Many of us have gift cards to redeem after the holidays — even if a lot of us aren't using them.
Spillage — or the amount of unused gift cards in circulation — remains a problem for consumers, with one estimate saying that at least $500 million US of the estimated $130 billion worth of gift cards sold in 2015 will go unused.
Now, one major retailer has joined a growing number of apps and websites trying to help consumers spend that money.
Hudson's Bay Company recently announced a redemption program that appears to be a first in Canadian retail landscape.
The program allows customers to trade in gift cards from other stores at Hudson's Bay, and accumulate credit with the store.
The program is managed by the Canadian company CardSwap — a business that allows consumers to redeem unwanted cards online for a lesser amount in cash.
Gift cards a marketing opportunity
The Bay's move is a sign of the times according to Ken Wong, a professor of marketing at Queen's University's Smith School of Business.
"What I think you're seeing in the Bay, however, is the recognition that these retail cards also have a marketing application," he said.
"They can indeed be used to attract new customers, and in some cases to retain and reward existing customers. And it's really just, I think, the tip of the iceberg."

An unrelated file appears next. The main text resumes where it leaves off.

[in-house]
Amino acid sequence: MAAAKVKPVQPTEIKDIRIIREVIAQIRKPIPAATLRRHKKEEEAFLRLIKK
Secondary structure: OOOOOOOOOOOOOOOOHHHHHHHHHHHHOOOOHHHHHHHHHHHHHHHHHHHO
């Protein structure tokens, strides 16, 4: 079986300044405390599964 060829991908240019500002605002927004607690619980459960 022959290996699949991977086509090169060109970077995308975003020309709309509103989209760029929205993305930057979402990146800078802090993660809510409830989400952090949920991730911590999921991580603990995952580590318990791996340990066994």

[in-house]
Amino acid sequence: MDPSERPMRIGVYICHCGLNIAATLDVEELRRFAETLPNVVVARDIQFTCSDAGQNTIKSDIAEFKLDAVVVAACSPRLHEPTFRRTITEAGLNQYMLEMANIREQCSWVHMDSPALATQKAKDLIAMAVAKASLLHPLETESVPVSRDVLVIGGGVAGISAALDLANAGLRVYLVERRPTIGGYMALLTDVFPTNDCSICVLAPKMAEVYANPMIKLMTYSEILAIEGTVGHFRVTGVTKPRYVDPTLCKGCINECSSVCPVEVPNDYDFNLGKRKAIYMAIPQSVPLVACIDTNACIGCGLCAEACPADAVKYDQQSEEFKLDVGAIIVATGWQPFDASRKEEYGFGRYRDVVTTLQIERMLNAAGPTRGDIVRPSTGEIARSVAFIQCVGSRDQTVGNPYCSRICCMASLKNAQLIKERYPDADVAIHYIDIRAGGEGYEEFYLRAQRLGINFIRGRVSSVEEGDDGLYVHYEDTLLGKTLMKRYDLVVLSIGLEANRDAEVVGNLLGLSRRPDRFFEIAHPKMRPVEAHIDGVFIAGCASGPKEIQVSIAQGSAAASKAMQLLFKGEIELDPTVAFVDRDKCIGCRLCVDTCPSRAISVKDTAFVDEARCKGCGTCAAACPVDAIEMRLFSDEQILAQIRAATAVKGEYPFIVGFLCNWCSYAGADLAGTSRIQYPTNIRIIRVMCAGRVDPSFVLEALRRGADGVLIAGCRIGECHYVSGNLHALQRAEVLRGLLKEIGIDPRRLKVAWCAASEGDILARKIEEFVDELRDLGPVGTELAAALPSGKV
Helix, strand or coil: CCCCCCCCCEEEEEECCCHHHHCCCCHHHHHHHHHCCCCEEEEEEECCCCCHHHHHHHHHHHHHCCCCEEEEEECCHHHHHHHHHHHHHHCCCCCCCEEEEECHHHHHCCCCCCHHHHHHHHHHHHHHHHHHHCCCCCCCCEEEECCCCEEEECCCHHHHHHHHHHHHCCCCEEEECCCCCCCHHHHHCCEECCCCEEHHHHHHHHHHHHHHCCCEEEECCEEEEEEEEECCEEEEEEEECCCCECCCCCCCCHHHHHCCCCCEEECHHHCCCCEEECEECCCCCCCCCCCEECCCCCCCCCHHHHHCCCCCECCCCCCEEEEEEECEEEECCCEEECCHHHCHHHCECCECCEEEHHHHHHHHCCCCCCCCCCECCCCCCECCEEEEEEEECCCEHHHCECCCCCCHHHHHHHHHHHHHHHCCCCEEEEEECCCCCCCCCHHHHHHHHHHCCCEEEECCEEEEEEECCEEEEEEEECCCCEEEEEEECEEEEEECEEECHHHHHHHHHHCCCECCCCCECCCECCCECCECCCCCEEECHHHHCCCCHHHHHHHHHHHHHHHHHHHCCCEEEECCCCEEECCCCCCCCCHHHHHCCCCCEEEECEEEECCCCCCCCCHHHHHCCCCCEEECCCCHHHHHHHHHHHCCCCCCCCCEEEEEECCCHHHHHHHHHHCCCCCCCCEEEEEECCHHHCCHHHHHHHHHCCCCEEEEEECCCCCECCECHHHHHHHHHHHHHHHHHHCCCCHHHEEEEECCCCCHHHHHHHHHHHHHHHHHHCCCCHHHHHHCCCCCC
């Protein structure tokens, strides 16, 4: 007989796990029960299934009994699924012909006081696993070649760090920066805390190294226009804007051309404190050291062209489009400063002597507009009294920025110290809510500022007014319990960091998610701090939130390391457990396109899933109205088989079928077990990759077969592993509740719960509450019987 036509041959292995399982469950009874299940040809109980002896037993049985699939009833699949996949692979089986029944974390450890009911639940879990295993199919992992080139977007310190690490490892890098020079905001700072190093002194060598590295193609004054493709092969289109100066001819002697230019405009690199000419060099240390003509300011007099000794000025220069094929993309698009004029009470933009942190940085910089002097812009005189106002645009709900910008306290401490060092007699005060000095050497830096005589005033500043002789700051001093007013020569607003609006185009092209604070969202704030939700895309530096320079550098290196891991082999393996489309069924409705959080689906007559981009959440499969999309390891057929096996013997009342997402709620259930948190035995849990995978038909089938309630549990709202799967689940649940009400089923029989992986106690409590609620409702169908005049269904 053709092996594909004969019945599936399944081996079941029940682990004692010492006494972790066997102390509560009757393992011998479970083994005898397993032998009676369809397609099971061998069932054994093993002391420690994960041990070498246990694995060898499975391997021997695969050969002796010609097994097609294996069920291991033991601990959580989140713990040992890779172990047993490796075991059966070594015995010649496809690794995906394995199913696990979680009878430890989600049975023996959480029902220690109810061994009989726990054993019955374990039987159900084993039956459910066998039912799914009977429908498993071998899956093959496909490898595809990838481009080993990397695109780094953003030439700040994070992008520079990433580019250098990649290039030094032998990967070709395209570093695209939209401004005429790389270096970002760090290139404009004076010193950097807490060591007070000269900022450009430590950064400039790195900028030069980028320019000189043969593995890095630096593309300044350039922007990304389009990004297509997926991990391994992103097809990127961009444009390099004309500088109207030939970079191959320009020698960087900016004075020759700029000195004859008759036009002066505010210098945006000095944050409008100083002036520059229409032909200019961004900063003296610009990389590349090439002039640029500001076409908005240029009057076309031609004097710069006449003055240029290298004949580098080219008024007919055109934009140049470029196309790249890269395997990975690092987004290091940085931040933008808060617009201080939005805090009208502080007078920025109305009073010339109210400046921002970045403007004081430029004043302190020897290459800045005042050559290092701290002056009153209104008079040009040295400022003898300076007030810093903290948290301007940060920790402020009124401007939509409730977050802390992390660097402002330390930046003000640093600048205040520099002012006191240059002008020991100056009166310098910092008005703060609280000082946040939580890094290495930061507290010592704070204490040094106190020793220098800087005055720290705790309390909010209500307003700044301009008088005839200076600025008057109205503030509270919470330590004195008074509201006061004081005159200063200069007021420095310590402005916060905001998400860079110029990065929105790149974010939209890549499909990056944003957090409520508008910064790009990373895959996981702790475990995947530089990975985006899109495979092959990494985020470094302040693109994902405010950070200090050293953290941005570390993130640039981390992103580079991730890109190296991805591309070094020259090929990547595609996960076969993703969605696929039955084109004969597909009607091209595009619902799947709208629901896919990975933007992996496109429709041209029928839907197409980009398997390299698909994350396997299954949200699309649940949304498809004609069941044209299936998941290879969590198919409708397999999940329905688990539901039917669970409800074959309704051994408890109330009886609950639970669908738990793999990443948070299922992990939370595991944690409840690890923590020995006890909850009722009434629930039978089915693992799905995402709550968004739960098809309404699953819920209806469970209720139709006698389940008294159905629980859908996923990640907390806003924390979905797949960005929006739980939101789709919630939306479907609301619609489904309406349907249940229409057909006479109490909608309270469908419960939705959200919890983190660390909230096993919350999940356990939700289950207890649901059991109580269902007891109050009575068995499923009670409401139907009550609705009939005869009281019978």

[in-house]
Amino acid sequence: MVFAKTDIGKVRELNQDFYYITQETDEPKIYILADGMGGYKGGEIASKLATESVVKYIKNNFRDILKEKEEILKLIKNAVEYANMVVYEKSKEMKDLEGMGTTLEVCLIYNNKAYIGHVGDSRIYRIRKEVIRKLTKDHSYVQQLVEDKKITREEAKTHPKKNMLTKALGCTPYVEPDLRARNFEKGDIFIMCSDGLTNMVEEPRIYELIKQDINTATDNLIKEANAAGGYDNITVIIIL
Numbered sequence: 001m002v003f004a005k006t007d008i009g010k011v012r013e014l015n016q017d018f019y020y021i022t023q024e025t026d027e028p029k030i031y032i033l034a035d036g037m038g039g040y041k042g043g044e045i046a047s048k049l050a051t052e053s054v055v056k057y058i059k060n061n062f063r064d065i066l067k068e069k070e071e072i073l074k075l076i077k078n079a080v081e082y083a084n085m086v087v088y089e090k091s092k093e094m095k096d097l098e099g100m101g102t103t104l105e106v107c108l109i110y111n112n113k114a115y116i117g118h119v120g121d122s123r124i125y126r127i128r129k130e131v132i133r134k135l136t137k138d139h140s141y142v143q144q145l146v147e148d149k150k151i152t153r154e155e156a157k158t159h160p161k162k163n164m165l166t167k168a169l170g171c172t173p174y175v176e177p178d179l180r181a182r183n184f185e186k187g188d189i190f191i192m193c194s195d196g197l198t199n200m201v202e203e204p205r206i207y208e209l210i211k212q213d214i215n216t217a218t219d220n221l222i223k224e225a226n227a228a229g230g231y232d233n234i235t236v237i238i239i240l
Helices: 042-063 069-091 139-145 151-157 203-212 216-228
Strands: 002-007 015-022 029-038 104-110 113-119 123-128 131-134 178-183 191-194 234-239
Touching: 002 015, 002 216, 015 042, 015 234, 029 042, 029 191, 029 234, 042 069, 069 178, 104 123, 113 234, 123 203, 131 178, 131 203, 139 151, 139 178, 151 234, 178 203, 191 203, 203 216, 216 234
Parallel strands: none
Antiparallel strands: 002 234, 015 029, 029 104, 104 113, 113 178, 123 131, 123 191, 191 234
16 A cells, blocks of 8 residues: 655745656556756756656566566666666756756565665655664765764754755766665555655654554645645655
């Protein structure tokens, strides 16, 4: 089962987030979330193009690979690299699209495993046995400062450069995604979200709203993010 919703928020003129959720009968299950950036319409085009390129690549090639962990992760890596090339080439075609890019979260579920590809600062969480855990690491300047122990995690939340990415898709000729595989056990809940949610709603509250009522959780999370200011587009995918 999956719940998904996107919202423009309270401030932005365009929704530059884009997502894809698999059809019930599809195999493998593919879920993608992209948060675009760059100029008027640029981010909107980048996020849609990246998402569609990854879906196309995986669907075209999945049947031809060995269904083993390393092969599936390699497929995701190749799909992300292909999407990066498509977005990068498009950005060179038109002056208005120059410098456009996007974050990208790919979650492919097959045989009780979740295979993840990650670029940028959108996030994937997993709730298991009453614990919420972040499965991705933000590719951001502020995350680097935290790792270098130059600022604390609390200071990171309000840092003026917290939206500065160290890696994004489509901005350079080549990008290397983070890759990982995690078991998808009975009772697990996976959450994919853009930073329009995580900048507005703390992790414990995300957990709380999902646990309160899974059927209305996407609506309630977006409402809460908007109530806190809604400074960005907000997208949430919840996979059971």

Wong may well be right about the tip of the iceberg, if the growing number of card swapping apps and websites is any indication.
Swappable, for example, is an app which launched in the past year. It allows users to buy and store gift cards on a smartphone, and quickly exchange them. Balances on your cards are accessible through the app, and you can scan cards directly from your phone.
Wong says it's all a sign that gift cards have effectively become a new form of currency, and companies are figuring out that currency — particularly once it's in digital form — can be used as a marketing tool.
"Now you also make it possible to link, perhaps, some marketing content to those cards," he said.
"So maybe once you've accumulated a number of dollars on a card, I recognize you as a patron. And maybe I start to push out to you emails or other communication on topics of interest to you."
New ways of shopping bring new scams
Wong cautions that the more we move to any new currency, the more likely we will see scams and fraud.
"We've heard stories of people going in and copying down card numbers, waiting for them to be activated so that the funds can be moved or somehow used," he said.
"The criminal mind is no less creative than the marketing mind."
On a more positive note, though, gift cards are also now being used for charitable purposes.
For example, the Red Cross and CardSwap have partnered on a program that lets users donate gift cards to help Syrian refugees.
The cash value of the donated card paid out by CardSwap to the Red Cross varies from 60 to 92 per cent of its face value.